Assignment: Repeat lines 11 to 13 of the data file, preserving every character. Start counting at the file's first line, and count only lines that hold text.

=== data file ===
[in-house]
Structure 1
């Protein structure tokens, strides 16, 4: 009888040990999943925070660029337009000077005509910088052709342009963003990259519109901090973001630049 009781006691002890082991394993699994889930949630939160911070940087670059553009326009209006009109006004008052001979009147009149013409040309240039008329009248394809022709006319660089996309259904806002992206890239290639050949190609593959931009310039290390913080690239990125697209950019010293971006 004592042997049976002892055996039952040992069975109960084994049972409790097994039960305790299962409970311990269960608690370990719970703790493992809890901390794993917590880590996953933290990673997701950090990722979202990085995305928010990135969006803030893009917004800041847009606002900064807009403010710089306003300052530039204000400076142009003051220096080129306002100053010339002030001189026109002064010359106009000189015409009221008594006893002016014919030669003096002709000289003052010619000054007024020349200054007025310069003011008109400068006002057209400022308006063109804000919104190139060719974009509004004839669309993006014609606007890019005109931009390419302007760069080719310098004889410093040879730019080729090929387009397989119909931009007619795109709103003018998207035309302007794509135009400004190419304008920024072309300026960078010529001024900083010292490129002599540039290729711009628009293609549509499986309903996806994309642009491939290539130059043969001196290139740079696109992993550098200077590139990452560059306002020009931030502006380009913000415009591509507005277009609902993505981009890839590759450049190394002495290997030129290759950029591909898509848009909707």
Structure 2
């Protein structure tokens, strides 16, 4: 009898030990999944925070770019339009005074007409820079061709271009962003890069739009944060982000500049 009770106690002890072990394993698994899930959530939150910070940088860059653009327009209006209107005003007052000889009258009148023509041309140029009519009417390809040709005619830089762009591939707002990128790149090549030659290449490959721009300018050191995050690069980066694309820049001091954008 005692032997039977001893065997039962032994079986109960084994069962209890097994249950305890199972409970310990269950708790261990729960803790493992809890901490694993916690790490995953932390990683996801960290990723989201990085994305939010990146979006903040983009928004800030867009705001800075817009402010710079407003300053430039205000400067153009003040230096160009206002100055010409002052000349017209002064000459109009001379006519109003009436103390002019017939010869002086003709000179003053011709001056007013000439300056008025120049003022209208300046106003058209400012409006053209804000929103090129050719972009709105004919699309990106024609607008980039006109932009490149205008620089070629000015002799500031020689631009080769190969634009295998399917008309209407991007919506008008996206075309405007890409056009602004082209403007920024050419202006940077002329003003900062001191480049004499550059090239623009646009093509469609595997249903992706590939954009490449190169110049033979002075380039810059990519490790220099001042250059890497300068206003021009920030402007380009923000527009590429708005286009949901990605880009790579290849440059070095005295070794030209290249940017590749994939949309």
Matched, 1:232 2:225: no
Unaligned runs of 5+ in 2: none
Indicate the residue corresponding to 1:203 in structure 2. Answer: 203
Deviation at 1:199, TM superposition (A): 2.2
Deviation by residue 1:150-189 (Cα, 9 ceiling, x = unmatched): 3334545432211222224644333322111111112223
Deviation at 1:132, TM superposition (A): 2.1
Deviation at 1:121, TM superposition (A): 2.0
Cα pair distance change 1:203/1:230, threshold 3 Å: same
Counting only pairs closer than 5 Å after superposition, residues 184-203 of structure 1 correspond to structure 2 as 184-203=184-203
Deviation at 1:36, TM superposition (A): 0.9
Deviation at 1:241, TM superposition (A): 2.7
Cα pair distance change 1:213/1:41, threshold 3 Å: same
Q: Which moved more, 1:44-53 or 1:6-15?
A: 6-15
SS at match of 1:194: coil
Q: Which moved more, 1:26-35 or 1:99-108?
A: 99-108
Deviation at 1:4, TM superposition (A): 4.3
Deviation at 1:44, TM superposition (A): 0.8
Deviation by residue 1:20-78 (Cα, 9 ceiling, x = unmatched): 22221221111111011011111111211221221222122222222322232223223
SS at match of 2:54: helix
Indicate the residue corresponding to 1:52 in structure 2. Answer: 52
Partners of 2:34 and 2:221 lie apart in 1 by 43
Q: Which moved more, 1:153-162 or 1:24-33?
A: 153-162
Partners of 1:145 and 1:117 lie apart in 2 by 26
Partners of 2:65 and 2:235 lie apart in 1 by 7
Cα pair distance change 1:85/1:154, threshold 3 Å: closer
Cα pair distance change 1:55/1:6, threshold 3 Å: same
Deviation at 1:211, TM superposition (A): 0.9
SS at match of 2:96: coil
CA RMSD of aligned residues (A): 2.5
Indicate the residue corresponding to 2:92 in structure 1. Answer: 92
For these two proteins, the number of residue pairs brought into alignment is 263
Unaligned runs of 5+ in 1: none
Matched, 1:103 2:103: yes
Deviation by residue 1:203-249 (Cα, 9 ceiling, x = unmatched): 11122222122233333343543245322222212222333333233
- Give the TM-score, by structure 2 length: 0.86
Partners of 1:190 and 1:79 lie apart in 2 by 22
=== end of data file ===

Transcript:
Deviation at 1:132, TM superposition (A): 2.1
Deviation at 1:121, TM superposition (A): 2.0
Cα pair distance change 1:203/1:230, threshold 3 Å: same